Dayton, OH — In the fall, Trisha Kulkarni will join the Stanford University freshman class and will no longer have to get on a plane to see Dr. Mahajan for eye exams, but that doesn’t mean she won’t be flying high. With Trisha, the sky is the limit.
As a Centerville High School student in Ohio, Trisha did not let her blinding eye disease get in her way. She excelled academically, earning a 4.86 GPA, won numerous scholarships and awards, and even donned a black belt in taekwondo. These are just a few of her accomplishments.
Trisha is breaking down stereotypes about people with disabilities. She wants people to know that just like everyone else, “when expectations are high, and parents and teachers believe, kids with disabilities can excel to the same levels as their peers, or even exceed them.”
Dr. Mahajan first met Trisha at age 12 when she came to his clinic at the University of Iowa. She suffered from an inflammatory retinal degenerative disease. As a child, her disease left her with one prosthetic eye, and, in her early teens, a retinal detachment in her other eye took her remaining vision. Dr. Mahajan witnessed Trisha’s extraordinary courage as she adjusted to the challenges of being blind.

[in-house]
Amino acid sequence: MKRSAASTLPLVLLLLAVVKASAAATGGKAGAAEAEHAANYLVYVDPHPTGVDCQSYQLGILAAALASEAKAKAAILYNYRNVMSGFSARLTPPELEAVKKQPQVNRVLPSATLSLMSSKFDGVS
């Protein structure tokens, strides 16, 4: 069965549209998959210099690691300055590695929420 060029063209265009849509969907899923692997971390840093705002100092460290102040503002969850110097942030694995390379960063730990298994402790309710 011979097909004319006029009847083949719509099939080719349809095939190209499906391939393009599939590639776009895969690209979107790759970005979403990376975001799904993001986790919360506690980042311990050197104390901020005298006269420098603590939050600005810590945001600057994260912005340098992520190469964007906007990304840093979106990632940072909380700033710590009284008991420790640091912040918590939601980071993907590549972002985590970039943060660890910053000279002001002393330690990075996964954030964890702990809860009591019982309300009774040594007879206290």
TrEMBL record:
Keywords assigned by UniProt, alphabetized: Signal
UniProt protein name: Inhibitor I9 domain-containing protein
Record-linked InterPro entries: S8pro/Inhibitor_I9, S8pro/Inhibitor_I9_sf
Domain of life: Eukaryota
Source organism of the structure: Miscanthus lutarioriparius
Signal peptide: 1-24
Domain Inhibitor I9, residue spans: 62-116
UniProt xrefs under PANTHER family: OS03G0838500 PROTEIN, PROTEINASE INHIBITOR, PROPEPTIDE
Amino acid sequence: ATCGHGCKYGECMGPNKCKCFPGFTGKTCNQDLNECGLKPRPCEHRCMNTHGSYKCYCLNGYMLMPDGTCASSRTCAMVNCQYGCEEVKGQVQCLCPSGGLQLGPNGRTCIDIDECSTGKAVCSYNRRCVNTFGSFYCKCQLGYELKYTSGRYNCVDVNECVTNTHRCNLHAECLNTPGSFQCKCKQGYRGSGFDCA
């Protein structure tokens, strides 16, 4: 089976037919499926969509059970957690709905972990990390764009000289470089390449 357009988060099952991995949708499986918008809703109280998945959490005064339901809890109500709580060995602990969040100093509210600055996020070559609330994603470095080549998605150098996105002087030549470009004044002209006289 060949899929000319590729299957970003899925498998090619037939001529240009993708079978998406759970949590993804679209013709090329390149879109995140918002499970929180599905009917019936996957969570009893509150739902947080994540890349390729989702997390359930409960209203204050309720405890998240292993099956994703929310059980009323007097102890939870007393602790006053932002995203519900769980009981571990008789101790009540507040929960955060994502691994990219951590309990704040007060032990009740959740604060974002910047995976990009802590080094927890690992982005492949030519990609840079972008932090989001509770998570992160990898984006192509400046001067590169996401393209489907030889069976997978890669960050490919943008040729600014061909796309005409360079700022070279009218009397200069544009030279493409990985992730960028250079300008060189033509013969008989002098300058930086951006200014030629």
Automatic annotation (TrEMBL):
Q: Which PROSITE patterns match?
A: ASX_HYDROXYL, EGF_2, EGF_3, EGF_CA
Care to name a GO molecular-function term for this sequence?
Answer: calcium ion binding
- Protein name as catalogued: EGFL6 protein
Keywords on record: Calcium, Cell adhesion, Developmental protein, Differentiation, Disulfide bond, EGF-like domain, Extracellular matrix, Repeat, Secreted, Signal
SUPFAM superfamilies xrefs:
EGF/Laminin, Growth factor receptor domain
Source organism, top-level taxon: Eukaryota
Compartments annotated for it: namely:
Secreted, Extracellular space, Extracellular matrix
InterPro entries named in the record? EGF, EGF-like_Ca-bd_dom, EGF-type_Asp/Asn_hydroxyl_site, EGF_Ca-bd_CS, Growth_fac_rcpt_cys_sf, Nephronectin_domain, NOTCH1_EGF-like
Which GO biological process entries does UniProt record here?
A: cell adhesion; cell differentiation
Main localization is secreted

“She and her family never lost sight of what was really important: Trisha’s intelligence, creativity, spirit, and will,” Mahajan said. “There was never any doubt that Trisha could achieve all of her goals despite her disability.”
Trisha’s family traveled frequently from Ohio to Iowa, so Dr. Mahajan could treat her condition. And when he moved to Stanford University in 2017, they moved with him.
Mahajan explained, “Trisha is an inspiration to so many people, including me. As my research team searches for eye disease cures and faces frustrations after long-hours in lab, thoughts of Trisha keep us all motivated. It’s such a privilege to know her and her family.”
The Kulkarni’s big picture view of the world has helped open up opportunities for Trisha, but it could also have a much broader impact on the blind community. Trisha’s family established the Kulkarni Family Golf Outing for Retinal Research in her honor, which over the past three years has raised over $100,000 and considerable community awareness about the condition.
“This kind of fund raising is so important to curing blindness. It allows researchers to think outside the box, collaborate with other physicians, and make cutting edge breakthroughs,” said Dr. Mahajan. All donations further the Mahajan Lab's innovative research and are greatly appreciated.
Trisha was recently featured in the myDayton Daily News